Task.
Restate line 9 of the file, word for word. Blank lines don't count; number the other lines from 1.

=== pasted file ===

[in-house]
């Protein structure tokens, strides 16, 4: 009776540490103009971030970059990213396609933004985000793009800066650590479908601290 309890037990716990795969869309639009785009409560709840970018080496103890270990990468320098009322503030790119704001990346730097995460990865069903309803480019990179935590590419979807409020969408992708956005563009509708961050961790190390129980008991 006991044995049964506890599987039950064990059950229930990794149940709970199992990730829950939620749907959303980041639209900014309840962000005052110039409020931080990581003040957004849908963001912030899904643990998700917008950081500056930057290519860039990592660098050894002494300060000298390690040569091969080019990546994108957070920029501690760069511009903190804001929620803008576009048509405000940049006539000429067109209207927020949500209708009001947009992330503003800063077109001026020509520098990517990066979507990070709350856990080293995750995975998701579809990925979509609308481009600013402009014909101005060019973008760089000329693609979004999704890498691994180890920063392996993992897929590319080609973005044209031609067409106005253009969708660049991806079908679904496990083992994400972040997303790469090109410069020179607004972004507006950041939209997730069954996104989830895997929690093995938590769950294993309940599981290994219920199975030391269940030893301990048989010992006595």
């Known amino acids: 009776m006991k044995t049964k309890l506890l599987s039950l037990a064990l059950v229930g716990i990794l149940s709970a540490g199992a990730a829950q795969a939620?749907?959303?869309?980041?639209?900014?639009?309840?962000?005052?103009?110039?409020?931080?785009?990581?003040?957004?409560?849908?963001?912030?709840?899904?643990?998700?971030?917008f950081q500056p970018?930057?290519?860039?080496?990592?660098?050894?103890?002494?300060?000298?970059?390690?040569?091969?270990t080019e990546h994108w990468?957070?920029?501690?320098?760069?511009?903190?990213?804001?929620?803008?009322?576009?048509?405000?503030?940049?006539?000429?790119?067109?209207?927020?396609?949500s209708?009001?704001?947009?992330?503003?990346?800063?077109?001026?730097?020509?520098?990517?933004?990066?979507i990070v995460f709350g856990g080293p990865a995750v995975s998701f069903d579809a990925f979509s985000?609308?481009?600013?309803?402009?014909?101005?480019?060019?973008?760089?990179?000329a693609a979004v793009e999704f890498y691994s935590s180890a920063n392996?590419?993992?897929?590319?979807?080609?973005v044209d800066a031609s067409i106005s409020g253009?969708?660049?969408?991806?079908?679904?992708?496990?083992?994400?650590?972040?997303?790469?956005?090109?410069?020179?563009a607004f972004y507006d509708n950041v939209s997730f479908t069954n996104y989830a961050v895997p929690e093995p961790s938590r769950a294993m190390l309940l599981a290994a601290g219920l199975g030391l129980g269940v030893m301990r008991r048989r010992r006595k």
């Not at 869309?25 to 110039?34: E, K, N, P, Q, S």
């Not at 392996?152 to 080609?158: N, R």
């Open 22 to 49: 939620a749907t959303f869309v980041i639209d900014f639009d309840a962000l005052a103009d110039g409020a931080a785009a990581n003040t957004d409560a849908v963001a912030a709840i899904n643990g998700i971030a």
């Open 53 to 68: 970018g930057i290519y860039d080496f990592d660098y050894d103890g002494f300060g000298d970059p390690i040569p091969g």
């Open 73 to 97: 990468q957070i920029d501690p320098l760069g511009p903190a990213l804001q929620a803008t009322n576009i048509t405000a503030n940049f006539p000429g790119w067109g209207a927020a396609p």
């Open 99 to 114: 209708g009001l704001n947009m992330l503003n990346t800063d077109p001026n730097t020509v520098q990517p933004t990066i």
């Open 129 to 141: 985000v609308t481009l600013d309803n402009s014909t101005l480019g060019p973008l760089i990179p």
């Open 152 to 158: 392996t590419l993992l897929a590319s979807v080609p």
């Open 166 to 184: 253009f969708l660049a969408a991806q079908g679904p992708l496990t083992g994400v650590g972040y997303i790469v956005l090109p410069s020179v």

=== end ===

């Open 99 to 114: 209708g009001l704001n947009m992330l503003n990346t800063d077109p001026n730097t020509v520098q990517p933004t990066i």